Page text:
94. Racing with Heart

94. Racing with Heart

From Chicken Soup for the Soul: Runners

Racing with Heart

The most important thing in illness is never to lose heart.
 ~Nikolai Lenin

“I just want you to know where the AED is in case anything happens to me.” My mom pointed out the box on the wall.

I rolled my eyes. I did not think that Mom would need CPR or an AED during the triathlon.

At fifty-seven, my mom would be participating in her first triathlon. I would be competing in my third.

I must have made it look fun the first time she had come and cheered me on, because ever since then she had been talking about signing up for one herself. She signed up for an indoor triathlon at my gym.

We talked over the phone as we prepared for the event. We would both be participating in the mini distance. I was very excited to be in the same race with my mom.

We started our training while still on a waiting list. We were not even sure there would be spots for us in the race but we trained anyway. Two weeks before the race we each got a phone call letting us know that there would be spots open for us. We would be in the same heat.

My mom has always been an inspiration to me for fitness. She made fitness a part of her life and tried to pass that on to us. Every year we got a family gym membership. My sister and I were active on the swim team and my mom swam laps or ran while we practiced.

When my mom took up running we went to races with her and cheered her on and ran in the kids run. I was excited to compete in an event with her.

When I went home to visit we trained together at her gym.

“I’m so proud of you,” she told me while we were swimming laps.

My mom is a strong swimmer. She was concerned about the stationary bike portion and she decided to walk because she had not run in a long time.

On race day she felt ready but nervous.

“I don’t want you to wait for me. That makes me nervous because then I feel like I have to keep up with you,” Mom said. “Just do your race and I will see you at the finish line.”

I finished before my mom and was able to watch her cross the finish line. She had a big smile on her face and she had even run some of her laps around the track.

I was so proud of my mom for participating in the event. I was proud of both of us.

At the end of the race we cooled down and waited for our results to come in.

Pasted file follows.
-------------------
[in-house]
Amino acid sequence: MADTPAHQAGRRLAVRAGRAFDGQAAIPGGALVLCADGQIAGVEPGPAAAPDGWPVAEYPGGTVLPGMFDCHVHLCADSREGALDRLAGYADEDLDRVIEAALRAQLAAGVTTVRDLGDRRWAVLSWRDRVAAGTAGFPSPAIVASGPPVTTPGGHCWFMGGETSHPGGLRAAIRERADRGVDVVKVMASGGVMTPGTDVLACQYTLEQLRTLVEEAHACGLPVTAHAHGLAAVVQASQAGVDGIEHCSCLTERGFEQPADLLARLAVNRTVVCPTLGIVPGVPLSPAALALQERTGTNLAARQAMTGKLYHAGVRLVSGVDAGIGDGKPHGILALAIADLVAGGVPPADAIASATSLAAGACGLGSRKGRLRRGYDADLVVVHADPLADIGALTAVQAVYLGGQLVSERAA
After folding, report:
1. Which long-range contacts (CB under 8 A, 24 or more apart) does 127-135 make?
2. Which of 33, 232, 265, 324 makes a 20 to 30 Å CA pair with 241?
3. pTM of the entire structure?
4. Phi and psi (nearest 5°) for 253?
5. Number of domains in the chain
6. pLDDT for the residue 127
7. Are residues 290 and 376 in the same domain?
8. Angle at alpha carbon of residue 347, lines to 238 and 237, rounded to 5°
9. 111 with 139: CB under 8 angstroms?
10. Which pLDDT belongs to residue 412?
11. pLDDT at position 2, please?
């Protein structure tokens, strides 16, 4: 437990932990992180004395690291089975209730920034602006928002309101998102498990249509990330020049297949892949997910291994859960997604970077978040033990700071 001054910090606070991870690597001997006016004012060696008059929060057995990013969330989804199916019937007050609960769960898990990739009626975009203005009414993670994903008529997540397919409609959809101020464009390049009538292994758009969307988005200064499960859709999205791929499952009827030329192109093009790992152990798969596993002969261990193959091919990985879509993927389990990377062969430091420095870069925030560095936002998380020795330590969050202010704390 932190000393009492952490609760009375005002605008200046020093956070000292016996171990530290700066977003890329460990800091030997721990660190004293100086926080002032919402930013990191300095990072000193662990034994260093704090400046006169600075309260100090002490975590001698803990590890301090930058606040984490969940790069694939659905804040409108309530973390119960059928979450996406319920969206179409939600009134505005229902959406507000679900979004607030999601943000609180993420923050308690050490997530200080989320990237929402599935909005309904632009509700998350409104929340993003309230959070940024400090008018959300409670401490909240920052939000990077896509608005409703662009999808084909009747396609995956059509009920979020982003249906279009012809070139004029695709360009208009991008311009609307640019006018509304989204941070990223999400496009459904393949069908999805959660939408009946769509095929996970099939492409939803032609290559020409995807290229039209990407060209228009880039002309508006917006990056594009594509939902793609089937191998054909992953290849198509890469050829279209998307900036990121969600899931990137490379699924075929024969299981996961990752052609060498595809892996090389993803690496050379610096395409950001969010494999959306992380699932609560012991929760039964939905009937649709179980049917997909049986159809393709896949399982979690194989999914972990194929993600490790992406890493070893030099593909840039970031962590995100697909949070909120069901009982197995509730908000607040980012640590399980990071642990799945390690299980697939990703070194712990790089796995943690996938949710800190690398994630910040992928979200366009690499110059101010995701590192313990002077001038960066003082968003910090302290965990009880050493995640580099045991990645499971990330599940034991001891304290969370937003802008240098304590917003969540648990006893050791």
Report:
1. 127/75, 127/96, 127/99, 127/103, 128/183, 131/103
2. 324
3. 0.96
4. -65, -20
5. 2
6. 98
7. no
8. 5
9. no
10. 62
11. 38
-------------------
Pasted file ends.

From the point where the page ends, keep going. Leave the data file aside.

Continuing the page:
The next day my mom left to drive back to her home six hours away and I went to work. Later that day I got a phone call from my mom. “I’m in the hospital. I had a heart attack. I don’t want you to be worried about me.”

Driving home the day after the event my mom felt nauseous and decided to pull over at a hospital. Her work as a cardiac nurse gave her the knowledge that her symptoms might be more than just a stomach flu.

I was shocked. I didn’t understand how this had happened. My mom is a fit person. She eats healthy and exercises. She doesn’t smoke or drink. She had just completed a triathlon yet here she was in a hospital with a heart attack.

“The doctor said that this was not caused by the triathlon,” my sister called later to assure me. It gave me some comfort to know that the event that I had encouraged my mom to sign up for was not the cause of her heart attack.

She spent the next week in the hospital recovering and learning what had caused her heart attack. What she learned is that her heart disease is hereditary. She has low HDLs, which is the good cholesterol. This meant that even though her overall cholesterol number looked okay, the LDLs were high because the HDLs were low. This is a condition that she has even though she exercises and eats right and does all the things that she is supposed to do.

“I guess my triathlon career is on hold for now,” she said.

My mom took her time recovering and used her experience to educate her kids about their risks. Exercise was important in her recovery but she had to take it slow at first.

She made sure that we knew that this was hereditary and that we would need to keep an eye on our numbers. She makes sure that we know the importance of exercise and eating right.

I have been able to educate myself and know that heart disease is the number one killer of women. I participate in races that raise money for this cause.

I continue to race in triathlons and running races. It is more important than ever for me to lead a healthy lifestyle.

As for Mom’s triathlon career, it isn’t over. My mom was back participating in triathlons within a year. She found an event called the Lazyman Triathlon at her gym. Over the course of six weeks my mom swims, bikes and walks the distance of an Ironman triathlon.

~Carrie Monroe

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